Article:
This article is based on the presentation that Laura Kohn gave alongside working parent Dita Quiñones at the Workforce Frontiers Symposium on November 8. Video of the conversation is available below.
There are things that go well together—like chocolate and peanut butter or rainy days and good books. And then there are things that not only go well together, they are completely interdependent. Like the ocean and surf boards—no ocean, no surf boards—or voting and democracy—no voting, no democracy.
Child care and workforce are like that: an interdependent pair. If there were no working parents, there would be virtually no need for child care. And it goes the other way too. If there’s no child care, then parents of young children can’t work—unless one parent makes enough money to support the whole family, which is rarely feasible in an expensive place like San Diego.
Given that interdependency, one would think that the system that helps people get into the workforce (which includes the San Diego Workforce Partnership) and the system that helps people find and afford child care would be inherently intertwined. That we would be serving families jointly. But this has not been the case.
Working parent Dita Quiñones spent years juggling unstable housing and child care arrangements, which kept her limited to unbenefited and unpredictable freelance work in her field of journalism.
“I’m the new face of poverty. College educated. Survivor of an abusive relationship. Single mom. Journalist. Woman of color. Determined to make the best life for my son. Not just sitting around waiting for welfare checks that aren’t enough to live here,” she shared.
Quiñones’ situation dramatically improved when she secured a full time spot for her son at Educational Enrichment Systems, a local provider of subsidized high quality care. Quiñones immediately increased her coursework to full time so she could complete her degree, and she was also able to complete an industry internship. With the credential and experience under her belt, she was able to secure full time employment in broadcast journalism.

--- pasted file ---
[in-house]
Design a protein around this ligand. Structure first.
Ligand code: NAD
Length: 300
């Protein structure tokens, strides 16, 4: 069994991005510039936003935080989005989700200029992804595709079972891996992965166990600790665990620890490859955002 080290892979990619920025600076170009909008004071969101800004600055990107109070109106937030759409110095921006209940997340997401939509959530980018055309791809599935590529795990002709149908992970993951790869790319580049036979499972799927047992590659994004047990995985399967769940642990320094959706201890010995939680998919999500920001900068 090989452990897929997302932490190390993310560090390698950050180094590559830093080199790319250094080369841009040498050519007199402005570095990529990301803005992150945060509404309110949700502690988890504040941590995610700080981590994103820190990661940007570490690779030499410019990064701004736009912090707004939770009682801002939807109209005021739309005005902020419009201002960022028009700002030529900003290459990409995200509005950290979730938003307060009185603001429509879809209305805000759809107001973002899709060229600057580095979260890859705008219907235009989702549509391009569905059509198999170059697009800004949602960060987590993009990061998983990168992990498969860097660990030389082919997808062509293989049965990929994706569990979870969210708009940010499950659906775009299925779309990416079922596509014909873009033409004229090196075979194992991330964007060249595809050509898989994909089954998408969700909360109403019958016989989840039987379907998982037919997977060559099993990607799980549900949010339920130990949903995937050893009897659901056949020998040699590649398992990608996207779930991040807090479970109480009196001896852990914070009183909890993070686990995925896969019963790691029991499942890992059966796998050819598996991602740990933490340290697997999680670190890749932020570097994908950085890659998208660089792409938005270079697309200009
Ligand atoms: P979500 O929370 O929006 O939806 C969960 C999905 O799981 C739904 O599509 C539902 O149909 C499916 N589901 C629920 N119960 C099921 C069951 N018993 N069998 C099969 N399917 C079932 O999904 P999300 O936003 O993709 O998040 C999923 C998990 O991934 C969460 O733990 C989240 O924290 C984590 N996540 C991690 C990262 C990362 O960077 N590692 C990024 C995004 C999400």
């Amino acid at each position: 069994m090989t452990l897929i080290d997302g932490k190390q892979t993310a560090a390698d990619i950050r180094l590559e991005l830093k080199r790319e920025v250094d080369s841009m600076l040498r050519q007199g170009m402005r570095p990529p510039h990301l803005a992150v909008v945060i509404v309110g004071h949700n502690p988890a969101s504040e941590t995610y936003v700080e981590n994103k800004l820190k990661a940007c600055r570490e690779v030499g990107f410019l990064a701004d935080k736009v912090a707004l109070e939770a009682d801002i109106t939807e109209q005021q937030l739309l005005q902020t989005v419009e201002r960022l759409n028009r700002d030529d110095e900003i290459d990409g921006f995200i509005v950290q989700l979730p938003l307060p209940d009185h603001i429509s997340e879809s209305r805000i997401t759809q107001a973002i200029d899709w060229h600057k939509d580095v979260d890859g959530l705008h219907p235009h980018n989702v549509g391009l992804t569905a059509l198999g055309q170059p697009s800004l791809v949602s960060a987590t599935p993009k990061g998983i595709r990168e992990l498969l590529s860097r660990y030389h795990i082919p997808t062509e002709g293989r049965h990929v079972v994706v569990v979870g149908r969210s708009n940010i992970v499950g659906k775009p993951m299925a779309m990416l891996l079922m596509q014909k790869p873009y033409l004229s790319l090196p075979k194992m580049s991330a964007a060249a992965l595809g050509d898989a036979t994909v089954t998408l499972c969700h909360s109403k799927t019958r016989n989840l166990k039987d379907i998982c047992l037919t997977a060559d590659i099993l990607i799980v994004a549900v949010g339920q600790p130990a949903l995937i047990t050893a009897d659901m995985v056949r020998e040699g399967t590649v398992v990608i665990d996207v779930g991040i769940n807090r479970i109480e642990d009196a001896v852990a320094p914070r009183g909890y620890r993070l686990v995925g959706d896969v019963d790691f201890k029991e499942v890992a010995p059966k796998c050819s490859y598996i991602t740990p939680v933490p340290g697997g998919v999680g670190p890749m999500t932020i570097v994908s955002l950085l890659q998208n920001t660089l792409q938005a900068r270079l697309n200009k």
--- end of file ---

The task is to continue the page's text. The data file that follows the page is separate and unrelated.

Yet even as a full-time worker in her dream industry, child care remains a struggle. Quiñones’ current income is barely enough to cover living expenses, yet is slightly too high to qualify for child care subsidies for after school care for her son, who is now six years old.
Until very recently, if a parent utilizing services at a career center expressed a need for child care in order to work, we might hand them a flyer or advise them to dial 2-1-1. That was all we had to offer. But all that is changing thanks to an amazing group of partners called the 2Gen Workgroup.
The 2Gen Workgroup includes key players in the workforce and child care systems: the YMCA, Childcare Development Associates, the Department of Child Support Services, Neighborhood House Association, First Five, the San Diego County Office of Education, 2-1-1, the American Academy of Pediatrics, the San Diego Housing Authority and the San Diego Workforce Partnership.
It’s called the 2Gen Workgroup because when we all work together, we will help more parents get to work and keep their jobs because they have reliable child care. We will help more children get quality care and education from skilled providers rather than ad hoc babysitting from friends or relatives. We will support healthy families because when they are not struggling to make ends meet, they are less stressed and that’s good for children’s brain development and mental health. We will impact two generations.
Starting this month, we are taking first steps to weave our systems together with career center and youth program case managers helping parents sign up for child care subsidies. Plus, the workforce and child care partners are setting up office hours at each other’s facilities. We are working on the true systems change goals where we integrate our enrollment systems and service models and start to serve whole families instead of just job seekers and just children.
It will take time to accomplish the true integration that families need and deserve, but the partners are committed to this objective.